S. K. Sahoo, D. Tang, and C. Dang, “Enhancing security of incoherent optical cryptosystem by a simple position-multiplexing technique and ultra-broadband illumination,” Sci. Rep. 7(1), 17895 (2017).
[Crossref]

2016 (2)

Y. Qin, Z. Wang, Q. Pan, and Q. Gong, “Optical color-image encryption in the diffractive-imaging scheme,” Opt. Lasers Eng. 77, 191–202 (2016).
[Crossref]

Y. Qin, Q. Gong, Z. Wang, and H. Wang, “Optical multiple-image encryption in diffractive-imaging-based scheme using spectral fusion and nonlinear operation,” Opt. Express 24(23), 26877–26886 (2016).
[Crossref]

2015 (1)

2014 (1)

O. Katz, P. Heidmann, M. Fink, and S. Gigan, “Non-invasive single-shot imaging through scattering layers and around corners via speckle correlations,” Nat. Photonics 8(10), 784–790 (2014).
[Crossref]

2013 (2)

J. Zang, Z. Xie, and Y. Zhang, “Optical image encryption with spatially incoherent illumination,” Opt. Lett. 38(8), 1289–1291 (2013).
[Crossref]

S. Liu and J. T. Sheridan, “Optical encryption by combining image scrambling techniques in fractional Fourier domains,” Opt. Commun. 287, 73–80 (2013).
[Crossref]

2012 (2)

J. J. Huang, H. E. Hwang, C. Y. Chen, and C. M. Chen, “Lensless multiple-image optical encryption based on improved phase retrieval algorithm,” Appl. Opt. 51(13), 2388–2394 (2012).
[Crossref]

J. Bertolotti, E. G. van Putten, C. Blum, A. Lagendijk, W. L. Vos, and A. P. Mosk, “Non-invasive imaging through opaque scattering layers,” Nature 491(7423), 232–234 (2012).
[Crossref]

2010 (2)

2009 (1)

O. Matoba, T. Nomura, E. Perez-Cabre, M. S. Millan, and B. Javidi, “Optical Techniques for Information Security,” Proc. IEEE 97(6), 1128–1148 (2009).
[Crossref]

2008 (1)

2005 (1)

2004 (3)

B. M. Hennelly and J. T. Sheridan, “Random phase and jigsaw encryption in the Fresnel domain,” Opt. Eng. 43(10), 2239–2249 (2004).
[Crossref]

G. Situ and J. Zhang, “Double random-phase encoding in the Fresnel domain,” Opt. Lett. 29(14), 1584–1586 (2004).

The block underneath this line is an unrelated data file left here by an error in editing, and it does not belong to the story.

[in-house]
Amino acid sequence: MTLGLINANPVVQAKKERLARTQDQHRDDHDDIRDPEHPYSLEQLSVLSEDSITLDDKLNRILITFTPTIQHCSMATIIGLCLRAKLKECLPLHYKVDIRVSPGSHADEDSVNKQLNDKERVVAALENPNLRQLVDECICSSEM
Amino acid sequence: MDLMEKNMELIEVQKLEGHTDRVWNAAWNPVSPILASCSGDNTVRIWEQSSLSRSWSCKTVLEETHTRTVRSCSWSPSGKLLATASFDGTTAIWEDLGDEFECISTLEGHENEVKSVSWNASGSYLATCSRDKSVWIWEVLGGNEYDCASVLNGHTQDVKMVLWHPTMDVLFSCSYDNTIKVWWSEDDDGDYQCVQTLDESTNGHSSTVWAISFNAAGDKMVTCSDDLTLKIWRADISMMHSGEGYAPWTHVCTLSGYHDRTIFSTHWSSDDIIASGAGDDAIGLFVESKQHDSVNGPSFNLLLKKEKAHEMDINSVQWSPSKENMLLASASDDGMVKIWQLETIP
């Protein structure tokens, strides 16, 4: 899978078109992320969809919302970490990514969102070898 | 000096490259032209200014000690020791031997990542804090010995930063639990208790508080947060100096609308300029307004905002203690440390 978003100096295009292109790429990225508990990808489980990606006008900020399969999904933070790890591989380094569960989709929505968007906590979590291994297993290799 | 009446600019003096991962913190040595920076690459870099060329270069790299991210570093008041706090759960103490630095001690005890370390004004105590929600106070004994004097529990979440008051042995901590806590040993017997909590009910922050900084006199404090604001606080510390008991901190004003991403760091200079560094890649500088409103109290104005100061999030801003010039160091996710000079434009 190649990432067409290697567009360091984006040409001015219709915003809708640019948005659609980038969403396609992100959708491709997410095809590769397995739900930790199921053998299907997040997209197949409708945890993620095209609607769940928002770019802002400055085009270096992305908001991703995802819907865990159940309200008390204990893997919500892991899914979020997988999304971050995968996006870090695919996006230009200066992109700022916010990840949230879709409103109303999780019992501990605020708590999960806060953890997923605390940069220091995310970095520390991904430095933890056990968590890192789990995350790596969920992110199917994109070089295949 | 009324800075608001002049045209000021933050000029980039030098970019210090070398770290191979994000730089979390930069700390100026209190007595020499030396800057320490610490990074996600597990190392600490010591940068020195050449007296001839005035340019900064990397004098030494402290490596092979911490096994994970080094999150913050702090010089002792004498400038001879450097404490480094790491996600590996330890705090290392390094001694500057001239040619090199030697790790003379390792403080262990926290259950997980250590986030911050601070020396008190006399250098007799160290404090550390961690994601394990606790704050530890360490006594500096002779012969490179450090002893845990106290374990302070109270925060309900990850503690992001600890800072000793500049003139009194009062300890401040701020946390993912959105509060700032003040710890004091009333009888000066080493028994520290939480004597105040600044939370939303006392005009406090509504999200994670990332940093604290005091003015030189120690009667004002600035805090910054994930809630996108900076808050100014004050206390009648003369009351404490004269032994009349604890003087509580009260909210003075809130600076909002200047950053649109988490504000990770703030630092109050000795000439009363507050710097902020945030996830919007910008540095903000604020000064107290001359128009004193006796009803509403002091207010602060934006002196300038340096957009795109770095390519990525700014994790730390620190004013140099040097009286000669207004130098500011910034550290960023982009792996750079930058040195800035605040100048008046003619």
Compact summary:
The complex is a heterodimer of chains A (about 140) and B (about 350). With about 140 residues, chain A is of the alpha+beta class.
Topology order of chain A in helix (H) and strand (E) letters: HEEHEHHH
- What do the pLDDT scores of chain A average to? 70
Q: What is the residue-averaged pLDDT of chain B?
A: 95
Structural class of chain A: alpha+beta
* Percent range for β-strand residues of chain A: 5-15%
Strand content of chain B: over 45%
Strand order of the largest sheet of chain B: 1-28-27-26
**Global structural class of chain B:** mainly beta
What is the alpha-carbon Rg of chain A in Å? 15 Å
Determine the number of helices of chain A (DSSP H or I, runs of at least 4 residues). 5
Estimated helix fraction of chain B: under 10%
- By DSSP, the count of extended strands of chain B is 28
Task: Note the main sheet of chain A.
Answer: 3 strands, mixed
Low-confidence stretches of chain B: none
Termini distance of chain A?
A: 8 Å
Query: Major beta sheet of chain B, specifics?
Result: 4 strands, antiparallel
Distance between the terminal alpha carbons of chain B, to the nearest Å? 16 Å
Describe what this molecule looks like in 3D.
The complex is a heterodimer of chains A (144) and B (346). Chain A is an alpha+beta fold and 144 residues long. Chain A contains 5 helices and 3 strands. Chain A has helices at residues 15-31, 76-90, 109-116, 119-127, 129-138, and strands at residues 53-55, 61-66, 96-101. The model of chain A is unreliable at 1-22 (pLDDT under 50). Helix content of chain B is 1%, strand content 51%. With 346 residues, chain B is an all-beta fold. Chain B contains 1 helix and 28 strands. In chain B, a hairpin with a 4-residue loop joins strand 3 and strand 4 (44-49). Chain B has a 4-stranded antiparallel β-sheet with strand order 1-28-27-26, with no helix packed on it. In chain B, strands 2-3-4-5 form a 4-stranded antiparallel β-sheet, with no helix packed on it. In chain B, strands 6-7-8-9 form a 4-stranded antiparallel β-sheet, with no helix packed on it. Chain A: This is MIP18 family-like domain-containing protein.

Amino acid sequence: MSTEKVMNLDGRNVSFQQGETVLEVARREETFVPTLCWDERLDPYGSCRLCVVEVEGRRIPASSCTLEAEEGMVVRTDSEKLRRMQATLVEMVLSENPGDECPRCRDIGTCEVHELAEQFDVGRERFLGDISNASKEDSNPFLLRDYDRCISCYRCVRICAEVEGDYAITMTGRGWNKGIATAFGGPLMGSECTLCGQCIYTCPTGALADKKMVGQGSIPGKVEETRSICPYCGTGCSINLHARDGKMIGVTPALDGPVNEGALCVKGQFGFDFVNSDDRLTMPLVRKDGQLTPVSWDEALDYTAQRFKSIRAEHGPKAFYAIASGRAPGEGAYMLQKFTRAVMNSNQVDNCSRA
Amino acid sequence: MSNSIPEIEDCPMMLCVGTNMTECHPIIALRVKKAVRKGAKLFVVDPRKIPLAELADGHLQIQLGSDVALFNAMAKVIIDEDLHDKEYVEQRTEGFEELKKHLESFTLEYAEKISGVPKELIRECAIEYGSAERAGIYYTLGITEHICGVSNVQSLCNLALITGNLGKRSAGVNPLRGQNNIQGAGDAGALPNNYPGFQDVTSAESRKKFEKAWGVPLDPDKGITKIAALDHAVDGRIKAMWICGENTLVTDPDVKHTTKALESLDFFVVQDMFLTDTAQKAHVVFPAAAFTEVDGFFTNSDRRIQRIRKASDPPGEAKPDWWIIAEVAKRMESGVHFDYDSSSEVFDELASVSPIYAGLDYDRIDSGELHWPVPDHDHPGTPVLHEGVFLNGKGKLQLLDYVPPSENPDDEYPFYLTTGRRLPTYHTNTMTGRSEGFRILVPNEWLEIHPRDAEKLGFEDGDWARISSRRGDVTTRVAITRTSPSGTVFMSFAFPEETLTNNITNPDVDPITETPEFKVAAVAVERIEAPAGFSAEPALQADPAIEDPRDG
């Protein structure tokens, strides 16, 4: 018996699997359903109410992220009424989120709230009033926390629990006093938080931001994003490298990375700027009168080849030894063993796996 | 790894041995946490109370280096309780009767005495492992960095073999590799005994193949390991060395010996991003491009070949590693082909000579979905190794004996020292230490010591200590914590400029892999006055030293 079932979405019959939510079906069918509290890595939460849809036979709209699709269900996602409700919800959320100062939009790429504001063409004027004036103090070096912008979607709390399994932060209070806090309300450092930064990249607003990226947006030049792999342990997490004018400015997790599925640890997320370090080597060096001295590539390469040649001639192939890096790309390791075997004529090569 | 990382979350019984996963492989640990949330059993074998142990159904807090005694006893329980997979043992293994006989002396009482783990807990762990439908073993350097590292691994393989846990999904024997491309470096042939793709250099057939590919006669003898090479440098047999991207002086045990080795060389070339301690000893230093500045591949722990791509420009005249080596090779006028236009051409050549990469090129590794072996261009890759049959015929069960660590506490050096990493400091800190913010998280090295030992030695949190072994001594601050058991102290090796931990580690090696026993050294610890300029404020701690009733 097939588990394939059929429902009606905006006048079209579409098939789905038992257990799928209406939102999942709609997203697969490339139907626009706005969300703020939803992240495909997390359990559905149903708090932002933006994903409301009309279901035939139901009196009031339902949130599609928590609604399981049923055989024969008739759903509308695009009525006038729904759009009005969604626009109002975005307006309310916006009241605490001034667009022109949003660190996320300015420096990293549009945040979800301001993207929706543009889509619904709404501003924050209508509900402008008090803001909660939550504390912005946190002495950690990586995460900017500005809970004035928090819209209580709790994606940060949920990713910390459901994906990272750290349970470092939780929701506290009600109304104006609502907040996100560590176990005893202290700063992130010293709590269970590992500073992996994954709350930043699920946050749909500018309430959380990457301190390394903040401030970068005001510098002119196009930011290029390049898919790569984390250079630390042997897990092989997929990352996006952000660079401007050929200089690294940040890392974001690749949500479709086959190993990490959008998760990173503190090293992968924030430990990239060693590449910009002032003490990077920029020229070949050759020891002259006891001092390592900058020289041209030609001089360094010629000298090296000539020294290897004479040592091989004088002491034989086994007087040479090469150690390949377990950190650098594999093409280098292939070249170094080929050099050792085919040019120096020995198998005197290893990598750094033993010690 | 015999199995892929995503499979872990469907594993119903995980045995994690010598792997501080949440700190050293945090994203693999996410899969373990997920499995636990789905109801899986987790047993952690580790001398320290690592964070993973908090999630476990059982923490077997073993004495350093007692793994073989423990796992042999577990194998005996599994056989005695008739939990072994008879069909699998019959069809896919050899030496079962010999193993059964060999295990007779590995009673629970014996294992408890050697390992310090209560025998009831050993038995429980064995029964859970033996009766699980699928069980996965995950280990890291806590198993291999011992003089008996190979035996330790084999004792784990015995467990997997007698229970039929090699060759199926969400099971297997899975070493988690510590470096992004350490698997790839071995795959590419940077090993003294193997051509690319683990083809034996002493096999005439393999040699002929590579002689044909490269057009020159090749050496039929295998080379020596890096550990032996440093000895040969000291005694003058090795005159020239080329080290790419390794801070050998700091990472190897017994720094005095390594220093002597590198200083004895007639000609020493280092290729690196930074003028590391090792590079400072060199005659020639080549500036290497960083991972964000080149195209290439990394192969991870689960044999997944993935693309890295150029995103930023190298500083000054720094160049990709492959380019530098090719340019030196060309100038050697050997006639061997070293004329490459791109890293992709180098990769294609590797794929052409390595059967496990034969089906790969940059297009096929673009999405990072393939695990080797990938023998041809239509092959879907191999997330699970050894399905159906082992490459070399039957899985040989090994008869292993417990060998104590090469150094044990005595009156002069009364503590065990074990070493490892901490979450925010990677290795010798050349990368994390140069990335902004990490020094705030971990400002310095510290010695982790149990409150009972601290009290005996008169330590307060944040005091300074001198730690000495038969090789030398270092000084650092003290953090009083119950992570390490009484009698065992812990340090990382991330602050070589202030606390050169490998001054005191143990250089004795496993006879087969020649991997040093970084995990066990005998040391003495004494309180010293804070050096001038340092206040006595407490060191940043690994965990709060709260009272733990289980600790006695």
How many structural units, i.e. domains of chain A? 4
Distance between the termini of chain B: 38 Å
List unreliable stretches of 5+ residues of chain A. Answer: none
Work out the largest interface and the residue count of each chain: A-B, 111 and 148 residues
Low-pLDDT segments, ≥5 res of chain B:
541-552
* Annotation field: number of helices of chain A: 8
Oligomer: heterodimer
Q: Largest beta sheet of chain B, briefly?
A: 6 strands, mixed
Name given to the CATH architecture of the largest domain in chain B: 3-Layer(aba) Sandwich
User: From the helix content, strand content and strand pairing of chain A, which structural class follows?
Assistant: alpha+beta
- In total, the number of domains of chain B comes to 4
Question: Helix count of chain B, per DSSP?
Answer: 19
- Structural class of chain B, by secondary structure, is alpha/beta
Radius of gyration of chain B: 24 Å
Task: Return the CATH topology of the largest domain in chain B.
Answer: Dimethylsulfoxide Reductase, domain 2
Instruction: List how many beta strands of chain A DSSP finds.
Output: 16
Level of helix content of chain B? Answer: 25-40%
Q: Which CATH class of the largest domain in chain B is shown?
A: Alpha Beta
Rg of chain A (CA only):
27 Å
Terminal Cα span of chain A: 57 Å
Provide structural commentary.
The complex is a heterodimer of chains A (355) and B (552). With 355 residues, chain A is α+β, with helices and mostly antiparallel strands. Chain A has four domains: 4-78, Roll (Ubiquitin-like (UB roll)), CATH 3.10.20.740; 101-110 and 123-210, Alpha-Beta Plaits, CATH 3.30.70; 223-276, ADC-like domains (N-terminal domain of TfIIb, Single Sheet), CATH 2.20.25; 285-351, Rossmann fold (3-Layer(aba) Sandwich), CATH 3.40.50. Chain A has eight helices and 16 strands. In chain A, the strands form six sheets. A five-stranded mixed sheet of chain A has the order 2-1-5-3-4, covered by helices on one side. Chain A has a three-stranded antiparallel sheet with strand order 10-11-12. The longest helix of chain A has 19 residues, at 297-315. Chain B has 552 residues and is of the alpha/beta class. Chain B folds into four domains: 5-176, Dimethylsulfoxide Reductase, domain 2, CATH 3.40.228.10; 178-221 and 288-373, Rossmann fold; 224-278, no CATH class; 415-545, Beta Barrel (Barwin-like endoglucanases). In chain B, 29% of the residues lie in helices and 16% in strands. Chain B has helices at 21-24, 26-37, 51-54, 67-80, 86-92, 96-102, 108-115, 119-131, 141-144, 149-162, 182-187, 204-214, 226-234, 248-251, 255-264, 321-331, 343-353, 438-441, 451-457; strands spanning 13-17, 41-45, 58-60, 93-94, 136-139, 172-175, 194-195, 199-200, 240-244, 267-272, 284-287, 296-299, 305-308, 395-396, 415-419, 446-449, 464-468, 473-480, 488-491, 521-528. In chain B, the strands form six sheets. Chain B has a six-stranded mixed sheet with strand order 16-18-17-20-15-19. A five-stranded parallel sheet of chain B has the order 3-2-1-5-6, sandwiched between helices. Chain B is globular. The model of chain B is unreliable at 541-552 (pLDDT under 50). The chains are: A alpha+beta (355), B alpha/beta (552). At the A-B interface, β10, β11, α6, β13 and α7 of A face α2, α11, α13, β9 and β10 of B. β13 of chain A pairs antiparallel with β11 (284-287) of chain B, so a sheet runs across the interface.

[Crossref]

G. Situ and J. Zhang, “A lensless optical security system based on computer-generated phase only masks,” Opt. Commun. 232(1-6), 115–122 (2004).
[Crossref]

2002 (1)

Y. Zhang, C.-H. Zheng, and N. Tanno, “Optical encryption based on iterative fractional Fourier transform,” Opt. Commun. 202(4-6), 277–285 (2002).
[Crossref]

2001 (2)

2000 (3)

1999 (1)

1995 (1)

Abuturab, M. R.

M. R. Abuturab, “Asymmetric multiple information cryptosystem based on chaotic spiral phase mask and random spectrum decomposition,” Opt. Laser Technol. 98, 298–308 (2018).
[Crossref]

Ahmad, M. A.

Andrés, P.

Bertolotti, J.

J. Bertolotti, E. G. van Putten, C. Blum, A. Lagendijk, W. L. Vos, and A. P. Mosk, “Non-invasive imaging through opaque scattering layers,” Nature 491(7423), 232–234 (2012).
[Crossref]

Blum, C.

J. Bertolotti, E. G. van Putten, C. Blum, A. Lagendijk, W. L. Vos, and A. P. Mosk, “Non-invasive imaging through opaque scattering layers,” Nature 491(7423), 232–234 (2012).
[Crossref]

Cai, L. Z.

Chen, C. M.

Chen, C. Y.

Cheng, X. C.

Dai, Q.

Z. Wang, X. Jin, and Q. Dai, “Non-invasive imaging through strongly scattering media based on speckle pattern estimation and deconvolution,” Sci. Rep. 8(1), 10419 (2018).
[Crossref]

Dang, C.

Dong, G. Y.

Fink, M.

O. Katz, P. Heidmann, M. Fink, and S. Gigan, “Non-invasive single-shot imaging through scattering layers and around corners via speckle correlations,” Nat. Photonics 8(10), 784–790 (2014).
[Crossref]

Gigan, S.

O. Katz, P. Heidmann, M. Fink, and S. Gigan, “Non-invasive single-shot imaging through scattering layers and around corners via speckle correlations,” Nat. Photonics 8(10), 784–790 (2014).
[Crossref]

Gong, Q.

Y. Qin, Z. Wang, Q. Pan, and Q. Gong, “Optical color-image encryption in the diffractive-imaging scheme,” Opt. Lasers Eng. 77, 191–202 (2016).
[Crossref]

Y. Qin, Q. Gong, Z. Wang, and H. Wang, “Optical multiple-image encryption in diffractive-imaging-based scheme using spectral fusion and nonlinear operation,” Opt. Express 24(23), 26877–26886 (2016).
[Crossref]

Guo, Q.

He, W.

D. Lu, W. He, M. Liao, and X. Peng, “An interference-based optical authentication scheme using two phase-only masks with different diffraction distances,” Opt. Lasers Eng. 89, 40–46 (2017).
[Crossref]